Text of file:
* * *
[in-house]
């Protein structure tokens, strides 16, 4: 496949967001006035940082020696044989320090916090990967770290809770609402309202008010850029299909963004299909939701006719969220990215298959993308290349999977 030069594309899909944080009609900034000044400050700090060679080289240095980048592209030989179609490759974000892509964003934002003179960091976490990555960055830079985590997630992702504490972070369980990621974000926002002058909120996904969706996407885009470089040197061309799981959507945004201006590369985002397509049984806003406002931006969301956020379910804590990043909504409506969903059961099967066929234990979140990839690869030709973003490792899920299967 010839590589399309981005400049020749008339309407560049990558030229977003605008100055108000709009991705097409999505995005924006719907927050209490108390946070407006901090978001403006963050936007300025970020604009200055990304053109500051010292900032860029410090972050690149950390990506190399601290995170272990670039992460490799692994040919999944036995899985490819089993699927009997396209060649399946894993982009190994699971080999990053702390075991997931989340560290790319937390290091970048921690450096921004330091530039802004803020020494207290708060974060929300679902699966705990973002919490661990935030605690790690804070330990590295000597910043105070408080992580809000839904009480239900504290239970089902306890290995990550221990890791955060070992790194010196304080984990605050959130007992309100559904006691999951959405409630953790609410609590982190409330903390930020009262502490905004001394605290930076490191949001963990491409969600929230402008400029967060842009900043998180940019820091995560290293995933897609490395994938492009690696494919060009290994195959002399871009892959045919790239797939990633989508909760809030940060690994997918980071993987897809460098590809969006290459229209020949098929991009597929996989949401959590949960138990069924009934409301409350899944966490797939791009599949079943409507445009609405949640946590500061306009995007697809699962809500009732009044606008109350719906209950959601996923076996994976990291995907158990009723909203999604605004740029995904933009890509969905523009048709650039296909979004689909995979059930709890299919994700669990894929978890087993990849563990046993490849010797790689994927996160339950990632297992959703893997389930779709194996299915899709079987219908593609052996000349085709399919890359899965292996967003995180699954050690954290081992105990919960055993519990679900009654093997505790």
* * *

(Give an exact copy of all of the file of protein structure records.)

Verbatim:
[in-house]
């Protein structure tokens, strides 16, 4: 496949967001006035940082020696044989320090916090990967770290809770609402309202008010850029299909963004299909939701006719969220990215298959993308290349999977 030069594309899909944080009609900034000044400050700090060679080289240095980048592209030989179609490759974000892509964003934002003179960091976490990555960055830079985590997630992702504490972070369980990621974000926002002058909120996904969706996407885009470089040197061309799981959507945004201006590369985002397509049984806003406002931006969301956020379910804590990043909504409506969903059961099967066929234990979140990839690869030709973003490792899920299967 010839590589399309981005400049020749008339309407560049990558030229977003605008100055108000709009991705097409999505995005924006719907927050209490108390946070407006901090978001403006963050936007300025970020604009200055990304053109500051010292900032860029410090972050690149950390990506190399601290995170272990670039992460490799692994040919999944036995899985490819089993699927009997396209060649399946894993982009190994699971080999990053702390075991997931989340560290790319937390290091970048921690450096921004330091530039802004803020020494207290708060974060929300679902699966705990973002919490661990935030605690790690804070330990590295000597910043105070408080992580809000839904009480239900504290239970089902306890290995990550221990890791955060070992790194010196304080984990605050959130007992309100559904006691999951959405409630953790609410609590982190409330903390930020009262502490905004001394605290930076490191949001963990491409969600929230402008400029967060842009900043998180940019820091995560290293995933897609490395994938492009690696494919060009290994195959002399871009892959045919790239797939990633989508909760809030940060690994997918980071993987897809460098590809969006290459229209020949098929991009597929996989949401959590949960138990069924009934409301409350899944966490797939791009599949079943409507445009609405949640946590500061306009995007697809699962809500009732009044606008109350719906209950959601996923076996994976990291995907158990009723909203999604605004740029995904933009890509969905523009048709650039296909979004689909995979059930709890299919994700669990894929978890087993990849563990046993490849010797790689994927996160339950990632297992959703893997389930779709194996299915899709079987219908593609052996000349085709399919890359899965292996967003995180699954050690954290081992105990919960055993519990679900009654093997505790």